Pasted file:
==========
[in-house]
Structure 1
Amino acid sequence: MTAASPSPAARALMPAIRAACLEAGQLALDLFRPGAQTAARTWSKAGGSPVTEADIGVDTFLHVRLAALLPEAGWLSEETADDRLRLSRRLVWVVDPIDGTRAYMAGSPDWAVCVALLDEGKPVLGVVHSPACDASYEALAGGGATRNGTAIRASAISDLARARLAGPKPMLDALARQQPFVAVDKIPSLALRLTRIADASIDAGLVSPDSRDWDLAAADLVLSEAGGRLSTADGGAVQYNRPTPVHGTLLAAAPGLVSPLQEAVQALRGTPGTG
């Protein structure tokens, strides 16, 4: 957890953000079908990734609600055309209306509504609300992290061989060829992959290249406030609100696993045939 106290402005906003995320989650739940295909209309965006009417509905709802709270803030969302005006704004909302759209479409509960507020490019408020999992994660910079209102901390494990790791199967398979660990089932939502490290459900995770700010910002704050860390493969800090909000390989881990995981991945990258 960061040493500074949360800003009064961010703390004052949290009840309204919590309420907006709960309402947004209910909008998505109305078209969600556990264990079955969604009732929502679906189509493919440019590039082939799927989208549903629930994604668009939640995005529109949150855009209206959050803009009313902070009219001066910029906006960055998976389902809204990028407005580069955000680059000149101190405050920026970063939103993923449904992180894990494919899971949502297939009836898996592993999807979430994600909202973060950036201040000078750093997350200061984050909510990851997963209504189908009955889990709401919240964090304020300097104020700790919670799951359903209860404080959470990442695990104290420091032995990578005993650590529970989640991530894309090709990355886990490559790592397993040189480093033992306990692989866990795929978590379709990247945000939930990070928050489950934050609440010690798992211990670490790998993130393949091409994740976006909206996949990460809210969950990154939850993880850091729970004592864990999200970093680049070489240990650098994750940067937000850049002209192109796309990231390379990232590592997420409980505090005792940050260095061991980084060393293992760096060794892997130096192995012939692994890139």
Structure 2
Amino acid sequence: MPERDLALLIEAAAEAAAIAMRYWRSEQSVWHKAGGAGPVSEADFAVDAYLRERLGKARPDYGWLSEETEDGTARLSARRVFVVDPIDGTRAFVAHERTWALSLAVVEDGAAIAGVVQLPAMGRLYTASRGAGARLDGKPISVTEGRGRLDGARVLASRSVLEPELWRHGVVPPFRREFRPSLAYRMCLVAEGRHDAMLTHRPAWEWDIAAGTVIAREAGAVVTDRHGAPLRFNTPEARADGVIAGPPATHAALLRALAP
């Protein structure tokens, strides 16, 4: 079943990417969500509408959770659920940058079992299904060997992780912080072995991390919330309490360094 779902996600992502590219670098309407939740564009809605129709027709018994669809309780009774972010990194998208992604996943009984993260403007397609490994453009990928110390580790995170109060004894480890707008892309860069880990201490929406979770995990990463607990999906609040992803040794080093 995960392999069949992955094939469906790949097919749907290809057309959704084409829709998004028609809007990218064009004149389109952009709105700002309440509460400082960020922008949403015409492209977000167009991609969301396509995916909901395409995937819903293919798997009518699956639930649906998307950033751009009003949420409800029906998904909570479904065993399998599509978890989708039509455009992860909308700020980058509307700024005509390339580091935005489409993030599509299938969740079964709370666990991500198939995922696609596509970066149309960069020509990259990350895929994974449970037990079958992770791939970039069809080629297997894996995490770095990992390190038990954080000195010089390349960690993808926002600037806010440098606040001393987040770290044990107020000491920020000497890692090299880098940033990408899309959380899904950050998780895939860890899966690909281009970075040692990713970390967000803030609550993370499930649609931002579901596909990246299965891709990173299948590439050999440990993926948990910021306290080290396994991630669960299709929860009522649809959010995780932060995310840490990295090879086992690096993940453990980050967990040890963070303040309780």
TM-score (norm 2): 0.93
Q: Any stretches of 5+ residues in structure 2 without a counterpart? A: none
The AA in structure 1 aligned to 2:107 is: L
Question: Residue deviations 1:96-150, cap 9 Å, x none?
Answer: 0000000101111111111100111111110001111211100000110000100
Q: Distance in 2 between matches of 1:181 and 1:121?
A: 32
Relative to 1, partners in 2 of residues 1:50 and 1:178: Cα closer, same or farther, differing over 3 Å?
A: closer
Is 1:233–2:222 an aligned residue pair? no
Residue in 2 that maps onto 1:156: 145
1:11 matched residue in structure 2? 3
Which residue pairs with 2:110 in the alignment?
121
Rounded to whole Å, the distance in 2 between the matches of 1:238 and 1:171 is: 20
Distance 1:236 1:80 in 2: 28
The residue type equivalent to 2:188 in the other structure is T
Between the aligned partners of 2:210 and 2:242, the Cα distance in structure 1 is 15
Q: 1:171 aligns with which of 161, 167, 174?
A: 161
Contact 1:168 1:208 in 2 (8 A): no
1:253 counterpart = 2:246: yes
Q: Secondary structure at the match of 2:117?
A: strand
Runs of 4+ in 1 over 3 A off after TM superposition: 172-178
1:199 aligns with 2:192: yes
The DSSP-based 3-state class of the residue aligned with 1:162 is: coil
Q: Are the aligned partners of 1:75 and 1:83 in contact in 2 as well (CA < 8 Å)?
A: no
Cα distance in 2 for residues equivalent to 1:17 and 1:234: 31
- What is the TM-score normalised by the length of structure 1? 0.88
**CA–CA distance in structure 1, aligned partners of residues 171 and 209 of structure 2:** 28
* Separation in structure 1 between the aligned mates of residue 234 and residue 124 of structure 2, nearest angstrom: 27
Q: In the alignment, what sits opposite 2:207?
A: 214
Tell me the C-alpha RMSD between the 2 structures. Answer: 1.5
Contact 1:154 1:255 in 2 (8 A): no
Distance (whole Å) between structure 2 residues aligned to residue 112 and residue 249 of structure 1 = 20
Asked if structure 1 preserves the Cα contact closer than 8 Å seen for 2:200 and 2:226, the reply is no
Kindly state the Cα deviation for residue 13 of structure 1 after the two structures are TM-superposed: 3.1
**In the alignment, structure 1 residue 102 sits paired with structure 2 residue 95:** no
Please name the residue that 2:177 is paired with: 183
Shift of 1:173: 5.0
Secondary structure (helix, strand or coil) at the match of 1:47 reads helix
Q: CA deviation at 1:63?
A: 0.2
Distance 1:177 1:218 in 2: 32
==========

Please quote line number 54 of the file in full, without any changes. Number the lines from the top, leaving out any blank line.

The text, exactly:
Distance 1:177 1:218 in 2: 32